The role of the DBA in NoSQL

What is the role of the DBA in the rapidly evolving world of NoSQL? A majority of the early NoSQL adoption is in the fast growing world of small and medium companies based on public clouds.  In most of these companies the DBA role does not exist and this has led a lot of people to proclaim the end of the DBA.  Is the DBA going down the road of the dinosaur? I think the answer is more nuanced than that. Firstly lets examine a few trends we are seeing in the marketplace that are going to have a great downstream impact on the technology workplace.

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Getting started with user management in MongoDB

One of the first tasks after getting your MongoDB database server up and running is to get your users and database configured. In this blog post we will go over some of the common scenarios  of creating and configuring users in MongoDB. MongoDB user management has improved very significantly over the previous two releases and is now a capable and functional user management model. Users can be assigned various roles and roles have privileges. There are several built in user roles or you can create your own custom roles.

The examples in this post use a 2.6.4 client and a 2.6.4 server. Considerable changes were made to the user management model from 2.4 to 2.6.  So if you are using a 2.4 client a lot of the examples in this blog post are not going to work. You can check the version of your mongodb client using the following syntax

mongo --version

Adding a user to a database

The first step after creating your user is to create your application database

use applicationdb;

Now after creating this database we want to create the user that will be used by the application to write to this database. We want this user to have read & write privileges to the database

db.createUser({'user':'appuser', 'pwd':'', roles:['readWrite']});

Sometimes we also want to add users who have read only access to the db. E.g. we might want to add a analytics user who only has read only access to the db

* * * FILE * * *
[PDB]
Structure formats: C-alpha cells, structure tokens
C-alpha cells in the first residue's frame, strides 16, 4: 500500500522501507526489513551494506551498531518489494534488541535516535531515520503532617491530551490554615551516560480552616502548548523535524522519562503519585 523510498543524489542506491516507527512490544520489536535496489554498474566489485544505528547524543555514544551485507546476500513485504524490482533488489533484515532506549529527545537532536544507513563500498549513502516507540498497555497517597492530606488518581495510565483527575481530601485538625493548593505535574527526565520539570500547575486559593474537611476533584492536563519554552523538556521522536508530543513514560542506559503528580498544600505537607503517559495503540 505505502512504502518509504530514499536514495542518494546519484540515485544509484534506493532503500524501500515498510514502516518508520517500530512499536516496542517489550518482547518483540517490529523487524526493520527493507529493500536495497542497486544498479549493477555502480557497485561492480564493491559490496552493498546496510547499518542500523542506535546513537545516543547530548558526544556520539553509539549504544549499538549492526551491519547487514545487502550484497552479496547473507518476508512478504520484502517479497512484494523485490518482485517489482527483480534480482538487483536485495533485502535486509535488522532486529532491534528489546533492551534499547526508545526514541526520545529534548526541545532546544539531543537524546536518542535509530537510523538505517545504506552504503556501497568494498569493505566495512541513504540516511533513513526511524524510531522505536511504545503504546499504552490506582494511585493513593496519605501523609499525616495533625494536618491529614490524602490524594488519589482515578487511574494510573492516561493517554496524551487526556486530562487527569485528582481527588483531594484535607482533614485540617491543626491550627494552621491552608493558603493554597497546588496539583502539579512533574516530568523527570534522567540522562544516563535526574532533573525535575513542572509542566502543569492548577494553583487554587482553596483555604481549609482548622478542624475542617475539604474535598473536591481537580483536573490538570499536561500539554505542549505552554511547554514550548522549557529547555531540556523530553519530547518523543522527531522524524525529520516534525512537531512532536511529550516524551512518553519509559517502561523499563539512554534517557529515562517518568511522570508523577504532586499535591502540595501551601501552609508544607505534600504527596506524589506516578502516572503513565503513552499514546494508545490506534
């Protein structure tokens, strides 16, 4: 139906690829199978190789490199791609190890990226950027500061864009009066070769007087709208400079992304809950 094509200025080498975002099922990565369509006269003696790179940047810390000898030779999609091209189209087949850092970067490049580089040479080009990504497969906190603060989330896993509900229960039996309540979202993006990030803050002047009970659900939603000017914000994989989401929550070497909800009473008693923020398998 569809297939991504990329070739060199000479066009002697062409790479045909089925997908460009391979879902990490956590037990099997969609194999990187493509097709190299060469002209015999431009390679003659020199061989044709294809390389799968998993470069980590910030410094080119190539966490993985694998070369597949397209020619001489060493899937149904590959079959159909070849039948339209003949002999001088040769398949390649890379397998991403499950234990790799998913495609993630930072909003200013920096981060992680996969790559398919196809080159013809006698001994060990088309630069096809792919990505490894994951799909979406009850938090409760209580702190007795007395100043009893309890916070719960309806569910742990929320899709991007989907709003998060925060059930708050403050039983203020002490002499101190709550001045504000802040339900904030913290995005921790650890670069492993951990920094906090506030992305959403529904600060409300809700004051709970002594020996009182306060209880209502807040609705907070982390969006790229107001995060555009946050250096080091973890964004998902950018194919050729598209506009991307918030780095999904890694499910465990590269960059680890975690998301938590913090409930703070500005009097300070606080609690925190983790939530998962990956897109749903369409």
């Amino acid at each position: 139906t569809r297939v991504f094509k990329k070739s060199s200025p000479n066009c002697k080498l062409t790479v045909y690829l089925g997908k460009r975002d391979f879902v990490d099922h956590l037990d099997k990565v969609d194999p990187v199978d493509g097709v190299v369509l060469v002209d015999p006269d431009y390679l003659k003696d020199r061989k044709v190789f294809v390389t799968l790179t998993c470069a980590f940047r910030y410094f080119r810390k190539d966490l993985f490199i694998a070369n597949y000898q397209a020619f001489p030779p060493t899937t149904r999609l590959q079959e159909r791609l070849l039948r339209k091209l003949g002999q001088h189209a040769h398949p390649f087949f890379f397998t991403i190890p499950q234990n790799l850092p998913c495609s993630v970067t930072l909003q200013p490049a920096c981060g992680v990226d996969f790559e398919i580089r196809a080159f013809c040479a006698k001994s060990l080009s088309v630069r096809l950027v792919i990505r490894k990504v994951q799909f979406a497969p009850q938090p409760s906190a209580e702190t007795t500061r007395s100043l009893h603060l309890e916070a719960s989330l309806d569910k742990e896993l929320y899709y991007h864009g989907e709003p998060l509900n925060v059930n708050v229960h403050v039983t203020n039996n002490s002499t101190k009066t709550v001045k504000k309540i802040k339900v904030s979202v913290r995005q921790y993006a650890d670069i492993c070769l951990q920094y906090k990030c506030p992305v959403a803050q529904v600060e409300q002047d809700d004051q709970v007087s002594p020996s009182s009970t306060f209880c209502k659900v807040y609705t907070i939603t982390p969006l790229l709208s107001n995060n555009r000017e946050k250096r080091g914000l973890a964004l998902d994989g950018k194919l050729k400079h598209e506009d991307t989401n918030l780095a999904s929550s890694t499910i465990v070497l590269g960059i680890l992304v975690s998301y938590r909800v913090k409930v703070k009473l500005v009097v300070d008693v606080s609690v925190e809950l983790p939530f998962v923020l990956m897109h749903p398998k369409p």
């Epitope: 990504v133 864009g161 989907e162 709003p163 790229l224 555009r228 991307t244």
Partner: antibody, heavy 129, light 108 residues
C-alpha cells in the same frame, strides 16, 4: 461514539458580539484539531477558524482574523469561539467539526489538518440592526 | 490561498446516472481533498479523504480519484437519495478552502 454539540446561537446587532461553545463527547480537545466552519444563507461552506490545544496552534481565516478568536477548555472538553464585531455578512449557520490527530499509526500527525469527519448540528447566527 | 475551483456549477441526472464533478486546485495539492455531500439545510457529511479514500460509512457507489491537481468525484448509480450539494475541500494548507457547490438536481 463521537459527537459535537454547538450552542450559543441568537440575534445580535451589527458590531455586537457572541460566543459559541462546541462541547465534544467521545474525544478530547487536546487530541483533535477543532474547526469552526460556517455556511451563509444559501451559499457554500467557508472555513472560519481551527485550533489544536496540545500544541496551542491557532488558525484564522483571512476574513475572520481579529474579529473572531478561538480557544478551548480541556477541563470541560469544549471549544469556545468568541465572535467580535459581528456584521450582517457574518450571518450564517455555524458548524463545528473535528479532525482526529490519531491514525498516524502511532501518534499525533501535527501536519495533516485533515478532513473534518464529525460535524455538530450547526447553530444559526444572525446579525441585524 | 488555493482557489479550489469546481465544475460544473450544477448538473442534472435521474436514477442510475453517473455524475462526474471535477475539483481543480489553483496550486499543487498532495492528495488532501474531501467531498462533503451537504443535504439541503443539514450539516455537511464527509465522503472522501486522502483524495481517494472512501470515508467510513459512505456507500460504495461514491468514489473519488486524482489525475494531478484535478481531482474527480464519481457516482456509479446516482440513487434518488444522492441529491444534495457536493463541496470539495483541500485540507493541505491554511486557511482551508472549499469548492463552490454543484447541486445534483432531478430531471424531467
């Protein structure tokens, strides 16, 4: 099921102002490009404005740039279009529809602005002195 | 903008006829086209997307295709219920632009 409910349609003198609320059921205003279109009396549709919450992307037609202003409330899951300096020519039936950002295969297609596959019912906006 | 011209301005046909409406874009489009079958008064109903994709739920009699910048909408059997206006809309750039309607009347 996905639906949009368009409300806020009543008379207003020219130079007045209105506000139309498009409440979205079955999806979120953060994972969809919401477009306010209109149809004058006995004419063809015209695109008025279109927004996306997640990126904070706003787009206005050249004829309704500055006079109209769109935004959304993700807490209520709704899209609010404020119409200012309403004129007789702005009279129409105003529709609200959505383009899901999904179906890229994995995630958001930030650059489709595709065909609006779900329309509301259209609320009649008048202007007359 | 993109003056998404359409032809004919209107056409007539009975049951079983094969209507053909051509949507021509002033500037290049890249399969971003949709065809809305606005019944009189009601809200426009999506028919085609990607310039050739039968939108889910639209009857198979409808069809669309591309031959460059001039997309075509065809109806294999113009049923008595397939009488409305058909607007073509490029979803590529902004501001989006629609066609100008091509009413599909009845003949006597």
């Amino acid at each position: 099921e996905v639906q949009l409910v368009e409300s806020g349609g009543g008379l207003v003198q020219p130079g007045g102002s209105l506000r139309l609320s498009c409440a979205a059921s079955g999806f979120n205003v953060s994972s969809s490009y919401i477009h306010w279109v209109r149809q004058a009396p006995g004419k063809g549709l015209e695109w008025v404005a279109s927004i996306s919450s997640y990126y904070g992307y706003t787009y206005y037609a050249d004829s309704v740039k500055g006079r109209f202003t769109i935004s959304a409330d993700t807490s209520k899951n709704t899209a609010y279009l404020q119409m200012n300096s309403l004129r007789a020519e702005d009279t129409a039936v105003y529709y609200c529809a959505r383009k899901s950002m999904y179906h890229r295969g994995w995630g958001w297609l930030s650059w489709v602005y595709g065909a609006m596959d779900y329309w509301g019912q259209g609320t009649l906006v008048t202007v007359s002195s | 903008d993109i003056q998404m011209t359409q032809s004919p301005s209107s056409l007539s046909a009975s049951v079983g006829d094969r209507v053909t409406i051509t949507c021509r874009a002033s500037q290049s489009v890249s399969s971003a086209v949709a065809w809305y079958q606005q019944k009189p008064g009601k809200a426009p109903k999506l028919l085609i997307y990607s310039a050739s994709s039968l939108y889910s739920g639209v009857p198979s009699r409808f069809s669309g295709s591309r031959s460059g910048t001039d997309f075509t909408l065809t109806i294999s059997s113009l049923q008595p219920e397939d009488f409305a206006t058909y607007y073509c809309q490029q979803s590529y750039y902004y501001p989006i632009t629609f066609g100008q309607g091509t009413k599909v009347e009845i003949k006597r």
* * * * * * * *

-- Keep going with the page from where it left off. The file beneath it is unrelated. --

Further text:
db.createUser({'user':'analyticsuser', 'pwd':'', roles:['read']});

Now that the users are created lets try and connect as this user from the mongodb console

mongo -u 'appuser' -p  <servername>/applicationdb
MongoDB shell version: 2.6.4
connecting to: <servername>/applicationdb

So we were able to successfully connect. Note the “/applicationdb” at the end of the syntax tells mongodb to authenticate the ‘appuser’ on the ‘applicationdb’ database

Adding a user to multiple databases

In many scenarios we need to create multiple databases on the server. For example in this scenario we might need to create another database ‘analyticsdb’ to store the results of the analytics. The ‘analyticsuser’ now needs ‘readonly’ access on the ‘applicationdb’ and ‘readWrite’ permissions on the ‘analyticsdb’.

So how do we achieve this? Should we add the ‘analyticsuser’ to each database? This creates a management nightmare over the long term as many users and databases are added. Fortunately there is a simple solution. We can centralize the role assignments for a user and store them in a single database. In this scenario I prefer to store these assignments in the ‘admin’ db since it is the hub of central administration in the server, but you can also store it in a separate db.

use admin
db.createUser({user:'analyticsuser', pwd:'<pass>', roles:[{'role':'read', 'db':'applicationdb'}, { 'role':'readWrite', 'db':'analyticsdb'}]});

Once it is added you can use ‘show users’ to show the details of your users. Here is what my admin db looks like

use admin
> show users
"_id" : "admin.admin",
"user" : "admin",
"db" : "admin",
"roles" : [{ "role" : "root","db" : "admin"},{"role" : "restore","db" : "admin"}]
{"_id" : "admin.analyticsuser",
"user" : "analyticsuser",
"db" : "admin",
"roles" : [{"role" : "read","db" : "applicationdb"},{"role" : "readWrite","db" : 'analyticsdb"}]

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MongoDB Seattle 2014

Hope to see everybody at MongoDB Seattle, an annual one-day conference for developers, architects and operations professionals to deepen their knowledge and expertise of MongoDB.

MongoDB Seattle will take place on September 16th at the Bell Harbor Conference Centre. This highly productive day of learning and fun will feature advanced technical talks, partner sessions, and one-on-one time with MongoDB experts.

Come stop by our booth and register to win a free Amazon kindle fire that we are giving away!

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MongoDB analytics series: Slamdata – Run SQL and build reports directly on MongoDB